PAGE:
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Should one enroll in a sobriety class before going to court for a 23136(a) to get in good graces with the court?

San Francisco, CA |

My 18 year old son received a 23136 (a) v6 Minor driving with .02 BAC -- first offense. the ticket showed a set date for the civil infraction and we secured a separate DMV hearing. Is is a good idea to enroll in a sobriety class before we walk into the separate hearings or wait until they assign it to him? Which class do you enroll in? wet-wreckless or something else? How many hours? How do you find these classes?

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Attorney answers 4


On an adult case I usually do not recommend enrolling in classes with the hopes of getting good graces from the court of prosecutors. If it will speed up my clients ability to drive, then yes. If you want to something that might aid a minor in the eyes of the court without forcing someone to do a class more than once I usually recommend doing AA's.


Typically, for DUI classes, there are different ones available. If you enroll in the wrong one, then you'll end up just wasting your money as you'll have to enroll in the right one.

I completely agree with Mr. Michaels in his discussion.


I agree with my colleagues...I always recommend getting into AA classes ASAP and you could ask the location that your son is attending if they can provide a court card to sign evidencing that he attended the classes. Depending on the court and judge, I'd recommend attending at least 2 - 4 classes a week. However, if your son has a serious substance abuse program and is thinking of enrolling in a more structured sobriety program for his own benefit - and not just in hopes of getting a better result in court - then I would say enroll immediately.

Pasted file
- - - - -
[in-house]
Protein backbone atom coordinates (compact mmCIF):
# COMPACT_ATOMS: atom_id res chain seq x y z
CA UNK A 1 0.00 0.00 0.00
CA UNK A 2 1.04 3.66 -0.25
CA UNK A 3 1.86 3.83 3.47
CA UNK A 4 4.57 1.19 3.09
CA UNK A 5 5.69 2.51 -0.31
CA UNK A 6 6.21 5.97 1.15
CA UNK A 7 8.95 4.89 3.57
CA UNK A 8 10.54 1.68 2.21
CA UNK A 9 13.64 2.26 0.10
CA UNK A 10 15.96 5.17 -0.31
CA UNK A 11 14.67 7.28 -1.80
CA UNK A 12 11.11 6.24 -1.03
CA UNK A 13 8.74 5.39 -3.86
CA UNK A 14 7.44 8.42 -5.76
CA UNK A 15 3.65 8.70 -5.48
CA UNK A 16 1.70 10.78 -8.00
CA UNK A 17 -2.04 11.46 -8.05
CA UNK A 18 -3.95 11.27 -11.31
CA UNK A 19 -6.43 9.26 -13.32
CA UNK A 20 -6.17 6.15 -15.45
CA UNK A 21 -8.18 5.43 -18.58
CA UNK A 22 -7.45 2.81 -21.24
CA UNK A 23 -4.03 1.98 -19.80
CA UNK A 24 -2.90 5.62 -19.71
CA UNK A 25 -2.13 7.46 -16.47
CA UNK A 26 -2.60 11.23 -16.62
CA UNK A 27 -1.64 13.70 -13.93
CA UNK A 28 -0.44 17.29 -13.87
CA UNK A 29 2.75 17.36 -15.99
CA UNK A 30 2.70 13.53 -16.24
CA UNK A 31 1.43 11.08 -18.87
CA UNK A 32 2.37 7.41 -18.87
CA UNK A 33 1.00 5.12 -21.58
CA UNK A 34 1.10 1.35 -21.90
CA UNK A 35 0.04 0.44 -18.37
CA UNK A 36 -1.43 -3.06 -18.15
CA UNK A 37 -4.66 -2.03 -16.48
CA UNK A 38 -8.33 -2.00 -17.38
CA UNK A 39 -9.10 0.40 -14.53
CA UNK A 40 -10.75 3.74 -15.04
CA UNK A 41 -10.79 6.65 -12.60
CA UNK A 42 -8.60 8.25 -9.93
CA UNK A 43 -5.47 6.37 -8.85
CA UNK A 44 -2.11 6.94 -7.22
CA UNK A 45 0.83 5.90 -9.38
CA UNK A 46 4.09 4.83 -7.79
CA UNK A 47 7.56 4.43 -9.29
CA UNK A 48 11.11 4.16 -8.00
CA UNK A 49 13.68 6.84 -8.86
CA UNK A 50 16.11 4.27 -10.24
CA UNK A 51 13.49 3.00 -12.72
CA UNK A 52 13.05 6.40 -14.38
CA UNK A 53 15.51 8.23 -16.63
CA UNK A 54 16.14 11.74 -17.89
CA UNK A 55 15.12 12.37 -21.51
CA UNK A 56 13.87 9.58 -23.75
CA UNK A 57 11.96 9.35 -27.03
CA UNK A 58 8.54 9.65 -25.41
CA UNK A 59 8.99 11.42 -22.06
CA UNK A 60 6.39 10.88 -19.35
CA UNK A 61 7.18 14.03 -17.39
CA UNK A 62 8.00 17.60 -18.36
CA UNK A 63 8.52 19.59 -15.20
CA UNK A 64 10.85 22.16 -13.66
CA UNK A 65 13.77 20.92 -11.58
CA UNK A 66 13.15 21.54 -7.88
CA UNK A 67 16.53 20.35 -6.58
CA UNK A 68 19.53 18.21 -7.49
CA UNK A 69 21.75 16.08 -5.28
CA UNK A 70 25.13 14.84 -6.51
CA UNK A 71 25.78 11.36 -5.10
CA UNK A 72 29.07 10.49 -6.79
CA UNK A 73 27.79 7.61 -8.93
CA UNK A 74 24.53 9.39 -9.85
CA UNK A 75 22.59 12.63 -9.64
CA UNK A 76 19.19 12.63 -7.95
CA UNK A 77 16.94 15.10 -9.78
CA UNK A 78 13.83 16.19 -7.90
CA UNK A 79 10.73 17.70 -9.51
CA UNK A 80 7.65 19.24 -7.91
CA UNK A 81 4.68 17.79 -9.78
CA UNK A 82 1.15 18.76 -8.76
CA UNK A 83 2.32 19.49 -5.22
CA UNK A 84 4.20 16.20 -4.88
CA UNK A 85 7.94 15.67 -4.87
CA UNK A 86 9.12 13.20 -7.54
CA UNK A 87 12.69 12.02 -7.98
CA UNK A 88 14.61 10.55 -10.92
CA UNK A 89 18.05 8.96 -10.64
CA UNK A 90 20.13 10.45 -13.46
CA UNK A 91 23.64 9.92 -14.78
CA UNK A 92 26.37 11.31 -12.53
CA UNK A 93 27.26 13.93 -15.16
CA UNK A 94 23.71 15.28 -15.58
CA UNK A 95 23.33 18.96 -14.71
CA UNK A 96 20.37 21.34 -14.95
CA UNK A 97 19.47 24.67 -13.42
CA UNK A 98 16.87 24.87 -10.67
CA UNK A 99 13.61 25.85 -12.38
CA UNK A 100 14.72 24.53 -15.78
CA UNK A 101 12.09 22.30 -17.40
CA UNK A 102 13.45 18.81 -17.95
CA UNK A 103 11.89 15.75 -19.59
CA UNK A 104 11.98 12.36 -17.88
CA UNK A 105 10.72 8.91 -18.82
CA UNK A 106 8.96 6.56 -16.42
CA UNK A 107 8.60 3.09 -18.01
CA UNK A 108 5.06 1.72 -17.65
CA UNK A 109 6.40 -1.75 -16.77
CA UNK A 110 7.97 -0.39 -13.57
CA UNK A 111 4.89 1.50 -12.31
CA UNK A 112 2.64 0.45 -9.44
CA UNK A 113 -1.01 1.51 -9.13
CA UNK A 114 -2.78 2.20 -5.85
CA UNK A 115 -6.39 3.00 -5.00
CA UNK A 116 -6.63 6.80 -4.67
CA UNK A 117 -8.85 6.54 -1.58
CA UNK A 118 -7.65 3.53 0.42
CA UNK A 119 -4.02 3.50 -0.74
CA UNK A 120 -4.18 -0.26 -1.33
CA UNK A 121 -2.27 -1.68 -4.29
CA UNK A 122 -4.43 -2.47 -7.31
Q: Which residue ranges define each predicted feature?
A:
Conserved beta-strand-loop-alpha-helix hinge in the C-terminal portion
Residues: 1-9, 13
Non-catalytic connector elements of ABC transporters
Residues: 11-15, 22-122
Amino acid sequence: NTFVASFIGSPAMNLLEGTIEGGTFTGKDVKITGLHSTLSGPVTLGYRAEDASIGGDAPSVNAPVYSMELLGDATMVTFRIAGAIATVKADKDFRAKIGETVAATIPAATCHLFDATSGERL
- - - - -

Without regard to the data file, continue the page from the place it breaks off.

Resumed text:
Good luck!


.01 or greater is an infraction and not an actual criminal offense. An .02 is a really negligible amount of alcohol and any error in the machine would give you a win. That said your son will lose his license for a year w/ the DMV unless there is some problem with the machine , the stop, etc. Your son will not be required to take a 1st offender class. If you feel he needs to attend AA that is between you and him. If he was under 18 the court would be a juvenile court and impose some probationary terms but at 18 they won't do that. I disagree with everyone rushing him to AA. It should be thought through as you don't want him to become resistant. You know your son and know what he needs> Having a teenager myself, it is a really thin tight rope to walk. Good luck.

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